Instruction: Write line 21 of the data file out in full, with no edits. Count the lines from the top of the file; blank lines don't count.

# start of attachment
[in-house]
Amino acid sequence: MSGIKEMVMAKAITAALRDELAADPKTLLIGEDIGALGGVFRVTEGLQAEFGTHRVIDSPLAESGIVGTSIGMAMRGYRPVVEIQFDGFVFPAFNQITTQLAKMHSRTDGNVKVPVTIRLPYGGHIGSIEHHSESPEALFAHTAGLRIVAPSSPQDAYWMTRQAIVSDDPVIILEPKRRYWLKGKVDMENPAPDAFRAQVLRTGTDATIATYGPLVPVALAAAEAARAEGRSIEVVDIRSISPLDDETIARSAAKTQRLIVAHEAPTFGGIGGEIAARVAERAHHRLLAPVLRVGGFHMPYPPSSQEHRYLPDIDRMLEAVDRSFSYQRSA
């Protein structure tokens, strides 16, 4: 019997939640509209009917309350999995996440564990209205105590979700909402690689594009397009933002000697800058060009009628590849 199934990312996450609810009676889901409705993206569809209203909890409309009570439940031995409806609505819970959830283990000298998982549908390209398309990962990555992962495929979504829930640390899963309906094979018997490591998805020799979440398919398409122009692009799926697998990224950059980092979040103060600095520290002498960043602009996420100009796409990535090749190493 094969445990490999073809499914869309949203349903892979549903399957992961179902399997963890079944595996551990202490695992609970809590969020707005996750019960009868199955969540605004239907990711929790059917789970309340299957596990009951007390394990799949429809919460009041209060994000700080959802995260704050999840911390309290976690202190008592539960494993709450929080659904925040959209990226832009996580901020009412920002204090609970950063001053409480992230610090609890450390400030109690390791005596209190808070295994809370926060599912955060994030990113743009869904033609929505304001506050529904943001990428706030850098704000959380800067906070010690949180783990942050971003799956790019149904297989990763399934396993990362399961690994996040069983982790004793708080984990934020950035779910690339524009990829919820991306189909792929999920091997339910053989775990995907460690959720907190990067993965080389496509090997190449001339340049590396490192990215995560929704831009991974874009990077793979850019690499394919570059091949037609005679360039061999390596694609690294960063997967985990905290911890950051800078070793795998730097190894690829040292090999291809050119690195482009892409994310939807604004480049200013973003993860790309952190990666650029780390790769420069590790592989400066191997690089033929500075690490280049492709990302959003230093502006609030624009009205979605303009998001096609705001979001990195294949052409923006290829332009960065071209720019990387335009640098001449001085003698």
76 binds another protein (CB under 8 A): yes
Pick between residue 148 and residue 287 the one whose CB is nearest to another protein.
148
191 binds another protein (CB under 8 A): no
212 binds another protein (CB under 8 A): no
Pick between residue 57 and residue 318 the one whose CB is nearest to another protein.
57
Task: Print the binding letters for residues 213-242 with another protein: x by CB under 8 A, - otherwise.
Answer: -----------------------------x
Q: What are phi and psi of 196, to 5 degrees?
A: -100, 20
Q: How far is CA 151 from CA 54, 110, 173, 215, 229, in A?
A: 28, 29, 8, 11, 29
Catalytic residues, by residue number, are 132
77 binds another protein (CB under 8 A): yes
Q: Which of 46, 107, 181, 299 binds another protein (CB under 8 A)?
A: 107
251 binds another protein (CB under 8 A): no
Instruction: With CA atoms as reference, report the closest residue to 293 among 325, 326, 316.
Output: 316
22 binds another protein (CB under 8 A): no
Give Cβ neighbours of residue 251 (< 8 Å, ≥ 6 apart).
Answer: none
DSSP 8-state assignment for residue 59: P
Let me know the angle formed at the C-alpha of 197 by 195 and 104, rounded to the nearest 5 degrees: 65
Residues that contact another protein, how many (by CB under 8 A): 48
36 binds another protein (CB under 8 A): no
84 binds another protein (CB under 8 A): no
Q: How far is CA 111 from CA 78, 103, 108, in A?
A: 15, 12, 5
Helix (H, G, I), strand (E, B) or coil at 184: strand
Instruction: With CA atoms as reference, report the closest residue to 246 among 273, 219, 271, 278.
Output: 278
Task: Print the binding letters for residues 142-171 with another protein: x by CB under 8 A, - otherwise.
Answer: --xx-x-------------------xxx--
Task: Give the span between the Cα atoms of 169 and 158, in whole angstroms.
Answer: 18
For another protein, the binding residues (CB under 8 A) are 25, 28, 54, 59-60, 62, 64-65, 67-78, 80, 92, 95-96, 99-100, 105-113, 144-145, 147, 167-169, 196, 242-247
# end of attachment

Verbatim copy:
251 binds another protein (CB under 8 A): no